Thanks! My plan, LOL is for our next go around will be 9th /10th grade... 14 years old. So... more programs will probably be out, and I am probably wasting my time. lol Edited by Lovedtodeath
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I'm responding to sagira's post about using Johnson and Zinn. If you click on "display modes" (upper right) and then click on "threaded" mode, you can easily view how one post responds to another, then change back to whatever mode you normally like to use.....
Oh, thanks! I never could figure that out!:tongue_smilie:
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Hakim's History of US is graded for middle schoolers. Some here find it way too liberal. I use it, along with works that some find way too conservative, such as Foster. I try to run the gamut with history. I don't think you can pick up any one single program and go with only that and hope to avoid bias.....
:iagree:

 

The Maestro books make a nice juxtaposition against something like D'Aulaire or Foster (who has shorter works available in the used market such as Year of the Pilgrims: 1620, Year of the Horseless Carriage: 1801, etc.)
:iagree:

 

One historian we've loved to read in junior high/high school is Albert Marrin. He writes mainly about US war related happenings, but he also has some good bios available.

Thank you. I"ll be checking his work out!

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There are no non-biased history books. I have found that some history books that attempt to be non-biased are often insufferably dry.

 

If you're looking for a overview providing important facts (dates, people, places, occurrences) that one should know, there are what I like to call "cliff notes"-style books. These can either be used as the basis for filling in timelines, creating notecards of facts to memorize, or as jumping-off points for further study. Some books like this include Short Lessons in US History, Artner's Reader's Guide to American History, and Everything You Need to Know About American History Homework. You can also extract "facts to know" from E.D Hirsch's books.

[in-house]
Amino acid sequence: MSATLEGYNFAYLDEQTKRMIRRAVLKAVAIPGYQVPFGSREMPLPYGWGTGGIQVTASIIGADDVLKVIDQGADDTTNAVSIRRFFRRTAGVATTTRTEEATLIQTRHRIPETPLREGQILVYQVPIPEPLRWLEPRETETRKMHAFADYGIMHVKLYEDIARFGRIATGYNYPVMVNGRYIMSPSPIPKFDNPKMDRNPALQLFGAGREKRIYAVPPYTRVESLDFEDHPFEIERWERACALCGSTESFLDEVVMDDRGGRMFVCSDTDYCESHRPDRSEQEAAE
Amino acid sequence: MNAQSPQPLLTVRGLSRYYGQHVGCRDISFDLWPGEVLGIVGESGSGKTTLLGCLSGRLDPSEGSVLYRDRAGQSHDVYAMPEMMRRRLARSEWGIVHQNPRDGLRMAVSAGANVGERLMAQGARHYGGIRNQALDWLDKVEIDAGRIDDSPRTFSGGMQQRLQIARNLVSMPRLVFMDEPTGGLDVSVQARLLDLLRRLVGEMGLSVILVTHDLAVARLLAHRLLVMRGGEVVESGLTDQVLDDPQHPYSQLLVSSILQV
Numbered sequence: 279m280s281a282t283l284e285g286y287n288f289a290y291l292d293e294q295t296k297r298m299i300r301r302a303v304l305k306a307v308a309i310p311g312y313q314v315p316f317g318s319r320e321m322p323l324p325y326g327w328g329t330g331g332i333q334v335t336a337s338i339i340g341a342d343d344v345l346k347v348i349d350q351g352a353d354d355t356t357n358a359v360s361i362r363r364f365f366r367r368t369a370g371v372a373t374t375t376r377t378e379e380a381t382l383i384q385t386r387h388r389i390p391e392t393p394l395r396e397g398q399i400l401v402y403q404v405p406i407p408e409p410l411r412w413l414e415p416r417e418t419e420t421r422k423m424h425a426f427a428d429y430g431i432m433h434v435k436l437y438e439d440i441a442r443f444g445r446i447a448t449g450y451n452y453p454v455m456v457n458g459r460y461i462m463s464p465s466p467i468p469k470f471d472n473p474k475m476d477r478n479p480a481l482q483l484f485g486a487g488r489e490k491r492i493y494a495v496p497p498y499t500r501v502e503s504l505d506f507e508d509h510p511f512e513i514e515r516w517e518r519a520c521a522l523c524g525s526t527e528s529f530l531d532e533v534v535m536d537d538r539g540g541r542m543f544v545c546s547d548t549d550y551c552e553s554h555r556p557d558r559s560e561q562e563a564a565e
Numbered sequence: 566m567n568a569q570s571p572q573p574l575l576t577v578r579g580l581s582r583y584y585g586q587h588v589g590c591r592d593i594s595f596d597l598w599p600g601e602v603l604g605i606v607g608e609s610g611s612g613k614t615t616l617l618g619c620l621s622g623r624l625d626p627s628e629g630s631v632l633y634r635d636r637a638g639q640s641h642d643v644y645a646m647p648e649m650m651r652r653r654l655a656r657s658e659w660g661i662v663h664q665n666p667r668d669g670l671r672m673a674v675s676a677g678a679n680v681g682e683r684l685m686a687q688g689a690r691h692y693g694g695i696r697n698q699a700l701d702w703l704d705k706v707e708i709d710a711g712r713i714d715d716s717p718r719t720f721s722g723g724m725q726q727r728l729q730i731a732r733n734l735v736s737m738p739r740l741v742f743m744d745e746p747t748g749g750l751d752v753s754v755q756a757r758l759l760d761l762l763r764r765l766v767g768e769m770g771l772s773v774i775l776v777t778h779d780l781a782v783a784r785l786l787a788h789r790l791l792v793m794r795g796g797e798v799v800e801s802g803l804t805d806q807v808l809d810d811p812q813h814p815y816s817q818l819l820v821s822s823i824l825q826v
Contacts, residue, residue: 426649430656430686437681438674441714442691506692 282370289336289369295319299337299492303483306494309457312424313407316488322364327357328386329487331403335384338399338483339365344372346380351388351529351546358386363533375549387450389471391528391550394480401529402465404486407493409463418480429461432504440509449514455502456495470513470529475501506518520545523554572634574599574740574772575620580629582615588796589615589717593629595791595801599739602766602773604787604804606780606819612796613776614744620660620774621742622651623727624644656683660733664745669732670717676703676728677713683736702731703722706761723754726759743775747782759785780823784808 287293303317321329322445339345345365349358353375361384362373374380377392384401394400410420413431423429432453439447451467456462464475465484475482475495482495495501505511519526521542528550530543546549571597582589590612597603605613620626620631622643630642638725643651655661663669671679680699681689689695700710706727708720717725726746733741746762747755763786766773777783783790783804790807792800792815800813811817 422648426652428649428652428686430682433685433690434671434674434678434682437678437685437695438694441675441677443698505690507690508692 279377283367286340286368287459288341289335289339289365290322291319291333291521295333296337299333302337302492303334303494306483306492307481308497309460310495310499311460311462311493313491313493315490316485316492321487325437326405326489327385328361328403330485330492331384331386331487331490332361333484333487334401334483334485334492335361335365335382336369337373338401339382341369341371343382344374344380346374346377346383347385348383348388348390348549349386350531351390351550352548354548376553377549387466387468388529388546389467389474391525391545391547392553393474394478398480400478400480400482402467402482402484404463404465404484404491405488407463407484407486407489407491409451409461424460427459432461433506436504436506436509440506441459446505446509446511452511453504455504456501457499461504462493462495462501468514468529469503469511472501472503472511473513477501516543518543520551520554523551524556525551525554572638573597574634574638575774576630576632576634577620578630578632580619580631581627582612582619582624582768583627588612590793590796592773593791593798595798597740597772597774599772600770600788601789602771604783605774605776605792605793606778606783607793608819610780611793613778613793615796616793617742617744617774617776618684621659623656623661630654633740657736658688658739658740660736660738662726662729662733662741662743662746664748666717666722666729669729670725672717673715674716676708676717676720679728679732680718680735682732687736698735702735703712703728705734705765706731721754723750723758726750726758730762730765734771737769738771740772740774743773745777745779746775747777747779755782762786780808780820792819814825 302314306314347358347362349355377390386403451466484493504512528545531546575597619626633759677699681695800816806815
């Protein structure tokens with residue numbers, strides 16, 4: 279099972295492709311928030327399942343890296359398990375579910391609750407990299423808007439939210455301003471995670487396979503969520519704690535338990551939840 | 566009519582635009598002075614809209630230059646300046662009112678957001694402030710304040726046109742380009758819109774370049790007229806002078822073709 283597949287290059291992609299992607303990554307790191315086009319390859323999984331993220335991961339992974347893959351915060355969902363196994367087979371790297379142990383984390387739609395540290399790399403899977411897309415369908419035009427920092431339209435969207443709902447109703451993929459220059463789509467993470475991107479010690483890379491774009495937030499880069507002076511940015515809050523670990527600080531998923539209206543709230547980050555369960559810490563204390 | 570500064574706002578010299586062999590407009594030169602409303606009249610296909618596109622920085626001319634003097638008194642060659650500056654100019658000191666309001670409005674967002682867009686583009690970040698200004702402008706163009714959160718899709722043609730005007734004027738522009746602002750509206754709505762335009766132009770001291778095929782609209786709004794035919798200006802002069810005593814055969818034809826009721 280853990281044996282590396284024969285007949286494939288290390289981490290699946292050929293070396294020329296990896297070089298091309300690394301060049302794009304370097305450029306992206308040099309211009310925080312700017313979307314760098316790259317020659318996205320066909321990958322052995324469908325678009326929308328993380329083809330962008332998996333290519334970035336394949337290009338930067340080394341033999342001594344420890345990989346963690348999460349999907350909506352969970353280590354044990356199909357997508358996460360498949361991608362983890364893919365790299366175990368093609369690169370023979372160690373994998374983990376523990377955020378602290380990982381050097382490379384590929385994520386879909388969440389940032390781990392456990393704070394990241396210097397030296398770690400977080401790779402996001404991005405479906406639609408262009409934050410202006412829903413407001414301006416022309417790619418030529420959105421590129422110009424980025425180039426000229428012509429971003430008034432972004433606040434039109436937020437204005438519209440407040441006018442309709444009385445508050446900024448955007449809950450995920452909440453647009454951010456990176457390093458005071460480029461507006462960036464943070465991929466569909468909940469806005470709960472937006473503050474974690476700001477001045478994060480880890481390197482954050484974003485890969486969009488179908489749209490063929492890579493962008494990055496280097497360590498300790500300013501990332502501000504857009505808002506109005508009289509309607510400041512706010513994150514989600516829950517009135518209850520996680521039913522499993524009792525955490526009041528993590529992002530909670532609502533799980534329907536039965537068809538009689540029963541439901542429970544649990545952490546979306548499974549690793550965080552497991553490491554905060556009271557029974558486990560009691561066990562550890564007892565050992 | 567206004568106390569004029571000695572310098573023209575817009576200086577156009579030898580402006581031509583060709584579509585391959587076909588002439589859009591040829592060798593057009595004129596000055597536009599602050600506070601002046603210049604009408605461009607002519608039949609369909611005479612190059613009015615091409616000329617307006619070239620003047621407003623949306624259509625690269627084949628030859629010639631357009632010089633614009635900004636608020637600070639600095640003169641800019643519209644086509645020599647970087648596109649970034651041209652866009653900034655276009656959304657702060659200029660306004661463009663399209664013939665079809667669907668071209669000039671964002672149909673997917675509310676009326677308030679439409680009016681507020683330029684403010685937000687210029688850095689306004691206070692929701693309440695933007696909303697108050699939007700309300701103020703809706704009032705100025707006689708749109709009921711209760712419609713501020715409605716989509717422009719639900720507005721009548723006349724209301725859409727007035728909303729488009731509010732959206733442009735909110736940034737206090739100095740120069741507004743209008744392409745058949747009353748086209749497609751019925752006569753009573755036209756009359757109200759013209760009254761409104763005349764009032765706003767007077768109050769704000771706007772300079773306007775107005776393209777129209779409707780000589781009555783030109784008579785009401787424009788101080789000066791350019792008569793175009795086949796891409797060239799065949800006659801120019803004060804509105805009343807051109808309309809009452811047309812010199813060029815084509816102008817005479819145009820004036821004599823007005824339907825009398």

But I think you need to dig deeper to bring history to life. These summary-style history books are good starting points and often point you towards additional reading.

 

As for Howard Zinn, please bear in mind that his work, like that of all good historians, is biased as well. I don't think you can write a "living history book" unless you are passionate about the subject, which typically includes having an opinion and a point of view.

 

The portion of the Eric Foner review quoted in an earlier post is incomplete. Here is some more information from Wikipedia:

 

 

When
A People's History of the United States
was first published in 1980, the
reviewer,
historian
, described the book as filled with telling quotations and vivid descriptions of usually ignored events, and said that "Zinn writes with an enthusiasm rarely encountered in the leaden prose of academic history." However, referring to Zinn's focus on "the distinctive experience of blacks, women, Indians, workers and other neglected groups," Foner said, "The portrayal of these anonymous Americans is strangely circumscribed. Blacks, Indians, women and laborers appear either as rebels or as victims. Less dramatic but more typical lives — people struggling to survive with dignity in difficult circumstances — receive little attention", adding, "
A People's History
reflects a deeply pessimistic vision of the American experience."

Both Foner and Zinn are well-known leftist historians. This is not to detract from their scholarship; rather it is to point out that they, too, have an agenda.

 

Here's another perspective on the book, also from Wikipedia's article on Zinn:

 

 

In a 2004 article in Dissent critiquing the 5th edition of
A People's History of the United States,
history professor
argued that Zinn's book is too focused on
, and wrongly attributes sinister motives to the American political elite. He also characterized the book as an overly simplistic narrative of elite villains and oppressed people, with no attempt to understand historical actors in the context of the time in which they lived. Kazin writes, "The ironic effect of such portraits of rulers is to rob 'the people' of cultural richness and variety, characteristics that might gain the respect and not just the sympathy of contemporary readers. For Zinn, ordinary Americans seem to live only to fight the rich and haughty and, inevitably, to be fooled by them."
Kazin argues further that
A People's History
fails to explain why the American political-economic model continues to attract millions of minorities, women, workers, and immigrants, or why the socialist and radical political movements Zinn favors have failed to gain widespread support among the American public.

I'm not saying you shouldn't read these books. But please don't be fooled into thinking the author has "no agenda".